Follow RT onThe former employee's battle against the Massachusetts based school is a sign of the times and, hopefully, of things to come. It's long past time this pernicious ideology got the scrutiny and repudiation it so richly deserves.
After over a year of combating Critical Race Theory (CRT) at Smith, Jodi Shaw finally submitted her letter of resignation to President Kathleen McCartney. She thereby relinquished her position as a Student Support Coordinator in Student Affairs, which earned her a whopping $45,000 per year.
But, you see, Jodi Shaw is "privileged," and, according to the CRT experts at Smith College and elsewhere, her privilege needs to be eradicated. She needs to be subjected to CRT's racial profiling, struggle sessions, and shaming routines in order to root out her secret disease. Seeing no end in sight, Shaw finally decided she'd had enough.
The ins and outs of Shaw's battles with Smith follow a predictable pattern. I'm not surprised that the college has attempted to discredit her. In fact, having been the subject of NYU's attempts to discredit me after I criticized social justice ideology at NYU and across academia at large, I'd be surprised if they hadn't launched their campaign of administrative gaslighting.
But the intricacies of Shaw's case at Smith College are less important than the war it represents. The war is with a regime bent on silencing dissent and forcing submission to its essentialist, racist, totalitarian worldview. The objective of this ideology is to shame the majority into accepting that their way of life has come at the expense of racial injustice, and they must forfeit its benefits. They must scrutinize and humiliate themselves, forever.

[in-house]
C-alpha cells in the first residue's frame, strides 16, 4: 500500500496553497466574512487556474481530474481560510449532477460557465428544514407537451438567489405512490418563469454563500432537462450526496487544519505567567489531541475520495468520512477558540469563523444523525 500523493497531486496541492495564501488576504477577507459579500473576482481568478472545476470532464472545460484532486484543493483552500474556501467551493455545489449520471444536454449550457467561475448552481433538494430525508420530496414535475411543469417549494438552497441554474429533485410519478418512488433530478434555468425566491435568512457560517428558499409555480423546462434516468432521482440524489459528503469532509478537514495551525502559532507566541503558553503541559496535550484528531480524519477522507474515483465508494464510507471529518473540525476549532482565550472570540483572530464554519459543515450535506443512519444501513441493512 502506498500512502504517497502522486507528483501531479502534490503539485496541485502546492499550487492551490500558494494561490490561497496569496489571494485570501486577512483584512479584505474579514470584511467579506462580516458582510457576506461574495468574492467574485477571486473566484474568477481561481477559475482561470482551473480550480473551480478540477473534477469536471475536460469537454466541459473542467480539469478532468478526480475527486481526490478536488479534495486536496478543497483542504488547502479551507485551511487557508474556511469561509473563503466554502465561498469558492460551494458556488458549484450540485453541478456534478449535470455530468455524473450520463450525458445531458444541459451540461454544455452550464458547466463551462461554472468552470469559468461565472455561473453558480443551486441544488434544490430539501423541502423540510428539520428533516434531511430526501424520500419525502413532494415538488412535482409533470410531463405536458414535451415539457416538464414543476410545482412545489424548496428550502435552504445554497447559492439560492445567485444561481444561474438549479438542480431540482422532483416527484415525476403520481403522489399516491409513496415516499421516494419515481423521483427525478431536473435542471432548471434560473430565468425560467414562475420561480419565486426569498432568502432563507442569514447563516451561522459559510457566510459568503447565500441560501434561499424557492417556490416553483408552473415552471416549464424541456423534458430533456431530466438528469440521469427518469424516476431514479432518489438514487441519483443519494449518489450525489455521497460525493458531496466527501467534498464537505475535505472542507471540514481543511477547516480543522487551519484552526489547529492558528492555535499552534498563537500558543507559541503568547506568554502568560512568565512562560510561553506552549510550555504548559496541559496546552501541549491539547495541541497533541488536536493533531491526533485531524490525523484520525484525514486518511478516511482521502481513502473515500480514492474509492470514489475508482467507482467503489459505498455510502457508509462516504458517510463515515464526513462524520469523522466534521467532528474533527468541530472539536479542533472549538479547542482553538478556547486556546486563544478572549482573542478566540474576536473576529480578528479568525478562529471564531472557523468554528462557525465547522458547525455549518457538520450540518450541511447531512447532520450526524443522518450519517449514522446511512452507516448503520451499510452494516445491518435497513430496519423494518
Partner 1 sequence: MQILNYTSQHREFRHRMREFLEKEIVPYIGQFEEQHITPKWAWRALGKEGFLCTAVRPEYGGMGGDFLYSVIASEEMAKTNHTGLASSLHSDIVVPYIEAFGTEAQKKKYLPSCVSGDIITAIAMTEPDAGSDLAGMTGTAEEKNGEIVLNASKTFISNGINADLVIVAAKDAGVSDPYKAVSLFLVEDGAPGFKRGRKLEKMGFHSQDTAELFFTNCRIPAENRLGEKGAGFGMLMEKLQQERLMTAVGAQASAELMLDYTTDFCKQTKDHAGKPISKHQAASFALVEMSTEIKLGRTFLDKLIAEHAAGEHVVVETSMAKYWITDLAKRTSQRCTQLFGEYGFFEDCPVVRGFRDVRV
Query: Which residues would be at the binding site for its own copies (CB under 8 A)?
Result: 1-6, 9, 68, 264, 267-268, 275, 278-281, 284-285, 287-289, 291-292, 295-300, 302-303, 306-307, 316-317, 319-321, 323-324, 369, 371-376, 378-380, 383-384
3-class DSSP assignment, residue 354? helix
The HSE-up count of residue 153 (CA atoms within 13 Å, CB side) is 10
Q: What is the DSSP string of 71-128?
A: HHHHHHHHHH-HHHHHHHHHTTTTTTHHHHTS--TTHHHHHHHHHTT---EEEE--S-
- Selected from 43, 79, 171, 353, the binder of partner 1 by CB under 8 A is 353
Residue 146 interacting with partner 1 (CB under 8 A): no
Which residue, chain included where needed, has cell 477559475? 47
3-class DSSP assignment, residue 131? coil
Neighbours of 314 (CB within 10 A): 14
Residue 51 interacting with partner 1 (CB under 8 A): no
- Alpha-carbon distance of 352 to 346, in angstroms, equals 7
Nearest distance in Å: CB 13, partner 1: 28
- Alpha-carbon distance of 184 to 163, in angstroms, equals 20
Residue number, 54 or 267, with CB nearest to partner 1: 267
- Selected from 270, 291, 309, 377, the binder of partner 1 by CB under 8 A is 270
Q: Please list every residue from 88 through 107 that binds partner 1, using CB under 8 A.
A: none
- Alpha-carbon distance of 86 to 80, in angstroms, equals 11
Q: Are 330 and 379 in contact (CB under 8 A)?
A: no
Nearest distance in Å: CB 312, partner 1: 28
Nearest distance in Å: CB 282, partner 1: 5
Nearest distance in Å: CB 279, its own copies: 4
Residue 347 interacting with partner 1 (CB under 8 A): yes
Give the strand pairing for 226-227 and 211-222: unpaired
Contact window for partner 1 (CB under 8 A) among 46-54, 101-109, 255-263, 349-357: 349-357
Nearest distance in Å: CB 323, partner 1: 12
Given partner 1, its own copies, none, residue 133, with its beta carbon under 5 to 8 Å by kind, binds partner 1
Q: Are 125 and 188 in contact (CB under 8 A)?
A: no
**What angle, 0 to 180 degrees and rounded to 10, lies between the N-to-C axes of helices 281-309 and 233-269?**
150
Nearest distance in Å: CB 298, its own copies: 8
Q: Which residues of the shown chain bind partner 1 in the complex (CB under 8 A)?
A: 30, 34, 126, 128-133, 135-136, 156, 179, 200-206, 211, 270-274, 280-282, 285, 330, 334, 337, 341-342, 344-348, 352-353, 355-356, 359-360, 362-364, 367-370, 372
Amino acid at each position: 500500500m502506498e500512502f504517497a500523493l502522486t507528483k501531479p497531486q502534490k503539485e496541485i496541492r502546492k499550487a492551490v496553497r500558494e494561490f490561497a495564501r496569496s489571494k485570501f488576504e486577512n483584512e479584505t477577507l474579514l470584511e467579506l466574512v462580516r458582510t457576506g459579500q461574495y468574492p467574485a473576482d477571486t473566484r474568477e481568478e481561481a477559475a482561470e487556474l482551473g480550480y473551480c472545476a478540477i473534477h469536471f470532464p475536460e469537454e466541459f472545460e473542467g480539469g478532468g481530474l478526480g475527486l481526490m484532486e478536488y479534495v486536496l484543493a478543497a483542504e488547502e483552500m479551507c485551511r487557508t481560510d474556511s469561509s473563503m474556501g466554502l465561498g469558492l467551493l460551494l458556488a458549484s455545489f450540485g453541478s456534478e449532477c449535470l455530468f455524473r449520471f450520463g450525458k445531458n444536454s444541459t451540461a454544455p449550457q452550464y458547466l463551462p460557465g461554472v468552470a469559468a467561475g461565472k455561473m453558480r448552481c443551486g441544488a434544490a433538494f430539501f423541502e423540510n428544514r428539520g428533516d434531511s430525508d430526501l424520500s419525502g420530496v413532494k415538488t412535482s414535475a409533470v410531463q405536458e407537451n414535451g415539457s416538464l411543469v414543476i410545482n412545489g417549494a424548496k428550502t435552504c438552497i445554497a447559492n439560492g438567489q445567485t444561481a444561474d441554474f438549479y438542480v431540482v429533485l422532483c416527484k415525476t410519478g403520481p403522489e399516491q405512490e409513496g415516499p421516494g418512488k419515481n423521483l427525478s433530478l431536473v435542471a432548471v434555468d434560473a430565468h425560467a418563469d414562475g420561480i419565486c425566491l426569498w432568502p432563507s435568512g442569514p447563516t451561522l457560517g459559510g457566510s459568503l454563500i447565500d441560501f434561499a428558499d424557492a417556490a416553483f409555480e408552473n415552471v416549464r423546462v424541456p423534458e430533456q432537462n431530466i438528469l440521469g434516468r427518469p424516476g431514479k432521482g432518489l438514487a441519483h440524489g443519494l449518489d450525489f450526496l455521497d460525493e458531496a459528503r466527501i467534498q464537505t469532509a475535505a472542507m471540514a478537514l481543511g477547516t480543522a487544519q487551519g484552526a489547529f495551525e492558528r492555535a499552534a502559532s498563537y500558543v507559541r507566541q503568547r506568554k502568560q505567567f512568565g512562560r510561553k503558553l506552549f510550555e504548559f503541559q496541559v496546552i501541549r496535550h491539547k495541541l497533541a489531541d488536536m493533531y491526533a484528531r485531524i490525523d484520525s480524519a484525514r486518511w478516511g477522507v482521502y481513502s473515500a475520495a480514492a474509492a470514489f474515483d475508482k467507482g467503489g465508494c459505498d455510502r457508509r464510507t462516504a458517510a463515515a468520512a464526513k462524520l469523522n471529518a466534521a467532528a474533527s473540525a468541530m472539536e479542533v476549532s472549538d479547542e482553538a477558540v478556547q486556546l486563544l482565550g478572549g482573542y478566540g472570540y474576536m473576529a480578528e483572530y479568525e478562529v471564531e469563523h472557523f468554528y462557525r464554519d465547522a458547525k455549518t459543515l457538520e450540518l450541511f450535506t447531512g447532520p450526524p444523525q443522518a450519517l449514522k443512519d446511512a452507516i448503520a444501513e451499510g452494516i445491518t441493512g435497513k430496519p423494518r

Racism, this ideology holds, is everywhere. It is present in inscrutable ways in every aspect of society. And racism and white supremacism are permanent, short of the vicious cleansing routines administered by those who wield their identities as weapons.
According to CRT, every aspect of society is racially inflected, and every dominant attitude is based in white supremacy. Expecting people to be on time: racist. Professionalism: white supremacism. Believing in meritocracy: white supremacy. Perfectionism, a sense of urgency, a preference for the written word, binary thinking: white supremacist.
Any resistance to the tenets of CRT on the part of white people is "white fragility" and a sure sign of racism. Any denial on the part of black people, on the other hand, is evidence of internalized racism or false consciousness, a result of being socialized into a white supremacist culture. The only acceptable position is to concede and consent to the premises of CRT. Anything less is racism and white supremacism.
Thus, while racism itself may not be omnipresent in America and beyond, the consciousness of racism surely is.
This is the theory that Jodi Shaw faced at Smith College, and to which she rightly objected. Her resistance to "racial sensitivity training," a phrase that CRT uses to mask its racial fundamentalism, was taken as evidence of her own racism. Once she admitted to her discomfort during a training session, her fate was sealed.
Shaw launched her campaign in a widely viewed video in which she requests that Smith College end its adherence to CRT. "I ask that Smith College stop reducing my personhood to a racial category... Stop telling me what I must think and feel about myself... Stop presuming to know who I am or that my culture is based upon my skin color... Stop asking me to project stereotypes and assumptions based upon their skin color..."
Turning the tables on CRT, Shaw denounced it as racist, as a way of reducing people to their phenotypes. Shaw asked that Smith cease its campaign of racial essentialism and treat its students and staff as individuals. This is the classical liberal viewpoint that Shaw apparently learned as a student at Smith, and which is under assault there and throughout the entire Western world.
Jodi Shaw is a David in a David and Goliath tale-until more warriors join the fray. It's time to eradicate this pernicious ideology, before it's too late.
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